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Wednesday, December 2, 2009
The CD's Not Dead Yet
The Mint chart on the left shows a number of items well worth noting:
1) The spending per transaction for CD's were way ahead of digital, which was expected, but by this much? FYE.com (a CD retailer that also owns the Sam Goody's brick and mortar chain) raked in $34 per transaction, CD Baby was $22, and the closest digital distributor was the subscription service Rhapsody. Surprisingly, iTunes brings up the rear with only $7 per transaction. That's deceiving though because it means at least 6 purchases per transaction (depending upon the price point), which is far ahead of the others.
2) iTunes transactions per month are climbing, and at a much higher rate than their digital music competitors, especially from January to July 2009. It seems that all that competition is hurting iTunes' competitors a lot more than iTunes.
3) CD sales are declining in relation to digital sales though, and that number is still accelerating. 34% of total music sales is in the digital domain, but that means that 64% are still CDs, so don't give up on the physical product just yet.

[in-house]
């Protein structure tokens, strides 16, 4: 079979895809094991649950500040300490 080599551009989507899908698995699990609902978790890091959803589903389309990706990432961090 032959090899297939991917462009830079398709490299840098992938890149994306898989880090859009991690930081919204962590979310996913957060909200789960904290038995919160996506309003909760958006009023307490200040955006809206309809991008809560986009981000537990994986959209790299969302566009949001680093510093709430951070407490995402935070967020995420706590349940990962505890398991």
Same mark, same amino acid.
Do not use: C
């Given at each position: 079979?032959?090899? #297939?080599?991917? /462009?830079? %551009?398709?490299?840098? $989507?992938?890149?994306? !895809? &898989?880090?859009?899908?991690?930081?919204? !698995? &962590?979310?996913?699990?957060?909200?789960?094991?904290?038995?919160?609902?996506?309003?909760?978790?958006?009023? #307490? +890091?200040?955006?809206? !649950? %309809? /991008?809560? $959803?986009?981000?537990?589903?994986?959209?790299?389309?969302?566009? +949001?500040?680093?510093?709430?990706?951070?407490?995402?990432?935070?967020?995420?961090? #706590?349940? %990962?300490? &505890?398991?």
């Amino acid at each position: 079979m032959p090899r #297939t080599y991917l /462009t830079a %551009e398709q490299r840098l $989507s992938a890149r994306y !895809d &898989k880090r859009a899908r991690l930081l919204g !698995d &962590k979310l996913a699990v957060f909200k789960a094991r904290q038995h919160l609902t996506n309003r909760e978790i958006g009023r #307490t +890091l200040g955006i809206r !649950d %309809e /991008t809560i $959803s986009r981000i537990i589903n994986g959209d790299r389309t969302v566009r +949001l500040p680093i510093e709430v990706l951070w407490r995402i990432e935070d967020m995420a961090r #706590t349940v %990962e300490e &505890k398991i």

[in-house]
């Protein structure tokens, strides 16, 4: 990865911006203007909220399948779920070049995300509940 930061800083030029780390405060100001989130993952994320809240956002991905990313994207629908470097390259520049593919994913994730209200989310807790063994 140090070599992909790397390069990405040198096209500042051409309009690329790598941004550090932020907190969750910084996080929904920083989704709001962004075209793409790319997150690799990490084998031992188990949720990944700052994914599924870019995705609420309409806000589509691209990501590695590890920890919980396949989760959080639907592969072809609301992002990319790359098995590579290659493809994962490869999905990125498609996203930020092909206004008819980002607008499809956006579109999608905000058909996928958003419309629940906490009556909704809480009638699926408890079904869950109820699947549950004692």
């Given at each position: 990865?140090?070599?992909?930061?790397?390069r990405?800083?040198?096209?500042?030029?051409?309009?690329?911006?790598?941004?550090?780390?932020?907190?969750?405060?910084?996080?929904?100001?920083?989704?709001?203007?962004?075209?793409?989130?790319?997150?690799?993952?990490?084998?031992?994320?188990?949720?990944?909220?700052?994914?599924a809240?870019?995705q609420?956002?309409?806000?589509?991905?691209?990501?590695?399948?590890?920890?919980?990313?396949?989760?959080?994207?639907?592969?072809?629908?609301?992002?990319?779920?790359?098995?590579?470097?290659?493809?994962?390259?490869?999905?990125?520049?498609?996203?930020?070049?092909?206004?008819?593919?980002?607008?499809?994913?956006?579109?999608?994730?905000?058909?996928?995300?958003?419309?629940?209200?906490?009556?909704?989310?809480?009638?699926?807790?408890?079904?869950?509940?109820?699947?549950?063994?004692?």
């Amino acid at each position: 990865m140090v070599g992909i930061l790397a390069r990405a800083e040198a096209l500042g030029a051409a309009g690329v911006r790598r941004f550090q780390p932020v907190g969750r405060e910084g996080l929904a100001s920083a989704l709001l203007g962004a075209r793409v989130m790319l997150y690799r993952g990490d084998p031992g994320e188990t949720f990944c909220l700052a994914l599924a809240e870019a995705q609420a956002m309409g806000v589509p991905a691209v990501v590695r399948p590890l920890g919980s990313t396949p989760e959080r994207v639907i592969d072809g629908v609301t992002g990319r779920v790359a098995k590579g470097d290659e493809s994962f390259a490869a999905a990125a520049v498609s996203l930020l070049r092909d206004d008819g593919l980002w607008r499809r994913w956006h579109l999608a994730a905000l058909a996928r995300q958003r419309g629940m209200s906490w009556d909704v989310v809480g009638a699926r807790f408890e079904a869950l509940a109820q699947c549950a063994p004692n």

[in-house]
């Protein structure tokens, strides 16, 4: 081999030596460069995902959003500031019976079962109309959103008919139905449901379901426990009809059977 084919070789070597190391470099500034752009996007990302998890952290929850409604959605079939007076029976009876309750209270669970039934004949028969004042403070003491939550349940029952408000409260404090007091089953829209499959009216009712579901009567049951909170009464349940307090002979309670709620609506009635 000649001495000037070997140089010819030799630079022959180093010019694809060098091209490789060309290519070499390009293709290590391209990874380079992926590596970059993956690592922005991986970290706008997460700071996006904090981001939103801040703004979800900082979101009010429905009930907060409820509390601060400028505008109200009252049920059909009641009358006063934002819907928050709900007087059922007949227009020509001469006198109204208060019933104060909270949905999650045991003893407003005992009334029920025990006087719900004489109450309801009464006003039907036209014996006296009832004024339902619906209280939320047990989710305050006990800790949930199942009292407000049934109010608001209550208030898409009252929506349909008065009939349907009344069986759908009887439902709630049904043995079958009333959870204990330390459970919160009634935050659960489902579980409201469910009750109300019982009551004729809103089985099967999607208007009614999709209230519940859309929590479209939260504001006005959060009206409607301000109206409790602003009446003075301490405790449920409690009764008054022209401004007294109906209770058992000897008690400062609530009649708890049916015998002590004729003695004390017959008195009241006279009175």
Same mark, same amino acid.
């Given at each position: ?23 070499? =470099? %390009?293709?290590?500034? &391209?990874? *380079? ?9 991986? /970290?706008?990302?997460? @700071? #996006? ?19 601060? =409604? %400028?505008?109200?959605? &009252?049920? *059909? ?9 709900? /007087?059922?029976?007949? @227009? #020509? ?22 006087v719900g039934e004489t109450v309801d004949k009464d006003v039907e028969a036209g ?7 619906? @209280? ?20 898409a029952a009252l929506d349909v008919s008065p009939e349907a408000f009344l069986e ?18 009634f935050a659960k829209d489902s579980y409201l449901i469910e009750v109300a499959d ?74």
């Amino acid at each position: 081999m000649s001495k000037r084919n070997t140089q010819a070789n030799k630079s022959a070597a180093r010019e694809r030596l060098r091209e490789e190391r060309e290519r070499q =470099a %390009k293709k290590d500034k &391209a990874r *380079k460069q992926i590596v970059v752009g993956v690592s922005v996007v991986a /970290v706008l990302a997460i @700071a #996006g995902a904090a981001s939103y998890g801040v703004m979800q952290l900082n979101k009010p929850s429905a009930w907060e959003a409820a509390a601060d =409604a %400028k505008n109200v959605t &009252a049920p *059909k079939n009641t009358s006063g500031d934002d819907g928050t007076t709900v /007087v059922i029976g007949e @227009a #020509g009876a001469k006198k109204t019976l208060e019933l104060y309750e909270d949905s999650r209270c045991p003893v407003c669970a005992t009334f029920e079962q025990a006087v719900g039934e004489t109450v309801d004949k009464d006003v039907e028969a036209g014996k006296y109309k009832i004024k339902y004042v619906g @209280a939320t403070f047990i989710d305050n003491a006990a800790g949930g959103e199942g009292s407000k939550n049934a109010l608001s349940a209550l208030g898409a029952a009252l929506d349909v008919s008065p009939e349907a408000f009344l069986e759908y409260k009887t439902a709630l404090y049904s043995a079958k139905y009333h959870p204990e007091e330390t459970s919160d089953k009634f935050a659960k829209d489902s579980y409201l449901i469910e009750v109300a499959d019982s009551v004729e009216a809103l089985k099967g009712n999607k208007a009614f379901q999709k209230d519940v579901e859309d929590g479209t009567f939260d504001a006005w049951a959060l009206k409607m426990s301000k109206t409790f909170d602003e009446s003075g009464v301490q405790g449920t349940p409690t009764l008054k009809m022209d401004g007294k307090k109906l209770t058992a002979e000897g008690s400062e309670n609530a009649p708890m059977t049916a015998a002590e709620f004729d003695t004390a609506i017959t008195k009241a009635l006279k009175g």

4) The reasons for the decline in CD sales are confirmed by a new study by Harvard Business School Associate Professor Anita Elberse (not seen on the Mint chart) which states the obvious:
"when consumers start buying music online, they switch from buying full albums to cherry-picking their favorite songs...each album no longer bought is "traded in" for one, perhaps two, individual songs"
"a drop of around one-third of the total weekly sales across the album and its associated songs is directly attributable to people switching to buy music online"
All of which means that when you only buy a song or two instead of a CD or two, total music sales income suffers. But we knew that already.